People wondered why I was so collected, so self-controlled during my husband’s funeral services; no person said a word about it, but I know they all thought I should’ve shown some emotion, any. They expected a wounded, ugly looking widow who was sobbing. Well, folks, no! No time for tears, no apologies, and no regrets. Not then, not now, not ever again. God knows I did what I possibly could and beyond, I’m clean.
I profoundly mourned my husband’s death and the consequential termination of our marriage long before his physical tragic end. The burial was literally the final nail into a self-made coffin, the end of a painful journey that surreptitiously but decisively began ten years prior to his final departure. By the time of his posthumous homage I had shouldered more than my fair share of grief already. I was fully awake, on alert mode since my concern was to safeguard my daughters; bearing the brunt of friends offering grossly foolish condolences.
It was years ago while in India that I came to acknowledge the extent of the damage to myself and my family. Tirelessly driving along the colourful, dusty and infinite roads of Rajasthan, I began to get a full and clear perspective on what had become my life and the perverse impact it was having on my children. A shadow of my former self, I had turned into a ludicrous trophy-wife holding onto a relationship that no longer existed. I was no more than a high-maintenance employee trying to prevent mental illness from taking over, and the ground from collapsing and completely lost myself in the process. No one was to blame for the break-up except for the two of us; he couldn’t help it and I couldn’t take it any more. The unique and loving feeling that once united us drowned; and our lifestyle, privileged and surreal couldn’t disguise the growing void at the core.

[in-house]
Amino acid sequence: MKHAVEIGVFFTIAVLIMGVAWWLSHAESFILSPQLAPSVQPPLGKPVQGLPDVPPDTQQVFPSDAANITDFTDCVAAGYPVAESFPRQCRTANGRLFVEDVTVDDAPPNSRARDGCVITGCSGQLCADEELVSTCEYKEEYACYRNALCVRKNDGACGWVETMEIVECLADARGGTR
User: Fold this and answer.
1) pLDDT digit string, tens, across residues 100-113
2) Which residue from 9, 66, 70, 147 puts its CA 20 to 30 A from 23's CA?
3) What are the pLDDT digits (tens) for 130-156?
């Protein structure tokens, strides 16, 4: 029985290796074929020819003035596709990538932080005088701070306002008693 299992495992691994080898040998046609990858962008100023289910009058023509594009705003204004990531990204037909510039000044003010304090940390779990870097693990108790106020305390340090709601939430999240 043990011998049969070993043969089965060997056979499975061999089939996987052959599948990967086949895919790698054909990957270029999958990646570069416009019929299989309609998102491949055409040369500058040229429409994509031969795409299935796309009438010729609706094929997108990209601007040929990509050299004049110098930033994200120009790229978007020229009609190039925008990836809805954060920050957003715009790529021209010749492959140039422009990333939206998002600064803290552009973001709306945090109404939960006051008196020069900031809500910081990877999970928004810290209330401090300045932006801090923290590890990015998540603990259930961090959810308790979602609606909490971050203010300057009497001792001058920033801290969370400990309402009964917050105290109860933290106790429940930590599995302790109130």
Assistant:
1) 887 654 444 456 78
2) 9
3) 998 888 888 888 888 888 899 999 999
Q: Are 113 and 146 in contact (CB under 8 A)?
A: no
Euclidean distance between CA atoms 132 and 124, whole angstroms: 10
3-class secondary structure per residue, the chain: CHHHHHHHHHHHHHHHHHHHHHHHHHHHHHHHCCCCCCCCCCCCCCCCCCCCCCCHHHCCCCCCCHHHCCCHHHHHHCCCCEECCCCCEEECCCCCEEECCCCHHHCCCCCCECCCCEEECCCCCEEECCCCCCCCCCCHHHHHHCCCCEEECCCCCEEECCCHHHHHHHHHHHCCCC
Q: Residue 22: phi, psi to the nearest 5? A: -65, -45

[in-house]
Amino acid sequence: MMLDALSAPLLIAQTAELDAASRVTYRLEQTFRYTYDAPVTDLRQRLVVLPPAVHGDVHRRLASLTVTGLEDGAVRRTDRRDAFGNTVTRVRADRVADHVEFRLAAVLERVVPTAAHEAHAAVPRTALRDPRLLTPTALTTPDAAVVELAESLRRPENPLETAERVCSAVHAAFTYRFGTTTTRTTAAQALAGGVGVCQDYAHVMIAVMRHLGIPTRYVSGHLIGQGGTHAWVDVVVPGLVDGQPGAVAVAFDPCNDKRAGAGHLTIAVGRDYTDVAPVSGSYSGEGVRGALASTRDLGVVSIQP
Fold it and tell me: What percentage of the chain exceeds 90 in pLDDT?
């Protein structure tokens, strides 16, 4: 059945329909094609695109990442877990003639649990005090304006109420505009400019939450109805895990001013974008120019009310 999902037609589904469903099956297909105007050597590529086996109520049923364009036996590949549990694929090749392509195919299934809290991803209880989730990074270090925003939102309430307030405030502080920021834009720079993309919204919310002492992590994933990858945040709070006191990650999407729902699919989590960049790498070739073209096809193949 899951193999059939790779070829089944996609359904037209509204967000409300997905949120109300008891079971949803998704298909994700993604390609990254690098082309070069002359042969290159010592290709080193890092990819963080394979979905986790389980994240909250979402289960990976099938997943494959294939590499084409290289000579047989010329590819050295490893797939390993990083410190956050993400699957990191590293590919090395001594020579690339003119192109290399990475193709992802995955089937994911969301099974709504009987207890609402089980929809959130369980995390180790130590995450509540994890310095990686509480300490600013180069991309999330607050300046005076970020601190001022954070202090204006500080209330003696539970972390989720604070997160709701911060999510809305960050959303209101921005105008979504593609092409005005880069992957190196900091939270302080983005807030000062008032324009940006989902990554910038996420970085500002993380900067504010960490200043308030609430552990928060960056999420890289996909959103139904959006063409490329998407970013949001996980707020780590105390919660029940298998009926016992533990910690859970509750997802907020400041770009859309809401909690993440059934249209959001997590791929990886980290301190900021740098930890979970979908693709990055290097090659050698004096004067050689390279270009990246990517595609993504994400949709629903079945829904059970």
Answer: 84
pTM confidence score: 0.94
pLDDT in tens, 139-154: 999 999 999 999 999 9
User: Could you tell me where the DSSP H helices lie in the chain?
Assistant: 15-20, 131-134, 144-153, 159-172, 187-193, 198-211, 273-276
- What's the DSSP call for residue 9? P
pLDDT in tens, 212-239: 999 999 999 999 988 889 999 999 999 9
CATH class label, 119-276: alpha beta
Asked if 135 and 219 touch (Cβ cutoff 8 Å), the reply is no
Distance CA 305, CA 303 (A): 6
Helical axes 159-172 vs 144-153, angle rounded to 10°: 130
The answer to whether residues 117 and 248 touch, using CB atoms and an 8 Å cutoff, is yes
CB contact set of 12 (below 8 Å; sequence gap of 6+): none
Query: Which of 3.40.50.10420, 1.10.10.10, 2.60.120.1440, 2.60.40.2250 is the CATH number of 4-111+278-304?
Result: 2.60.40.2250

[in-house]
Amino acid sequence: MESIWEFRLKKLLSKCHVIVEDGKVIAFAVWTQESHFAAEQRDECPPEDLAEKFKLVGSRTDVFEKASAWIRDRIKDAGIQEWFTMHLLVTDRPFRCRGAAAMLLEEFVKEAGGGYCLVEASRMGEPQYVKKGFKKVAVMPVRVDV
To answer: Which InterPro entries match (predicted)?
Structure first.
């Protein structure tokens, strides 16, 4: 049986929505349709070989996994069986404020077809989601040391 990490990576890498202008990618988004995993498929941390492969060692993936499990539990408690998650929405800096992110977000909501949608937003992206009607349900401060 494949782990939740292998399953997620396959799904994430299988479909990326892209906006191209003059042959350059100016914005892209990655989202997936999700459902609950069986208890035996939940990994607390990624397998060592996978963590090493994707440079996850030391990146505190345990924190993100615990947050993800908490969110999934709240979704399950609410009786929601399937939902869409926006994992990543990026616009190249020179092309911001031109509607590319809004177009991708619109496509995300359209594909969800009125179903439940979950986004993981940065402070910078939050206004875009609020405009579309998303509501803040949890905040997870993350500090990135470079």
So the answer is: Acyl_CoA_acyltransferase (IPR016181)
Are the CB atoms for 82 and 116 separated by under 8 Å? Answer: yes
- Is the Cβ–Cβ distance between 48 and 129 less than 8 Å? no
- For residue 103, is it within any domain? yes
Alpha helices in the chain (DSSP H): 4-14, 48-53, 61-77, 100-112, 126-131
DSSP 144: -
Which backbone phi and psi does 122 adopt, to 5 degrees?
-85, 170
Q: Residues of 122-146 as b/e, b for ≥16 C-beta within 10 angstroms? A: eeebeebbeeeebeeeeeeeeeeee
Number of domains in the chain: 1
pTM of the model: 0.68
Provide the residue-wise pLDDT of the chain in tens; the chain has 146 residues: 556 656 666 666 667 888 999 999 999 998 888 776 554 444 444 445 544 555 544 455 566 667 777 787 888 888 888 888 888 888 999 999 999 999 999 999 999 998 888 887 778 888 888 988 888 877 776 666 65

Experiencing first hand the chronicle of a death foretold is no fun; this is a trip I wouldn’t wish on anyone. And yet, in retrospect I affirm that everything learnt through this winding path has been a blessing in disguise. It was written in the stars for me to lose almost everything I had and start all over from scratch. Thus I learned the art of wisely and timely surrender and simply let it be…. and reborn.
Months afterward and the future seemed quite uncertain, it was India again which brought me further to my senses. To my own astonishment I found out in India that even under precarious circumstances life still existed and was eagerly waiting for me. Unexpected grateful events nurtured my ever-hungry spirit, and filled my heart with hope. By then I naturally began articulating the first sentences in Hindi, as a child would do. Thought and language in dialectical symbiosis. Good Omen.
A few days ago while waiting at traffic lights I was weighing the idea of accepting a generous invitation to visit India by the end of the year and devote a few weeks to my artistic projects there; or stay in my country earning money and face another hideous Christmas alone, full of obligations and surrounded by false joy. Cars were starting to drive when I noticed it: two cars in front of me, same colour, same size, side by side; one of them a few feet ahead of the other showing the exact same letters and the exact progressive numbers on their license plates. C‘mon, there are 5.3 Million vehicles in circulation in my city!! The Universe works in mysterious ways.
“Move forward. There is a continuum, a next chapter in India”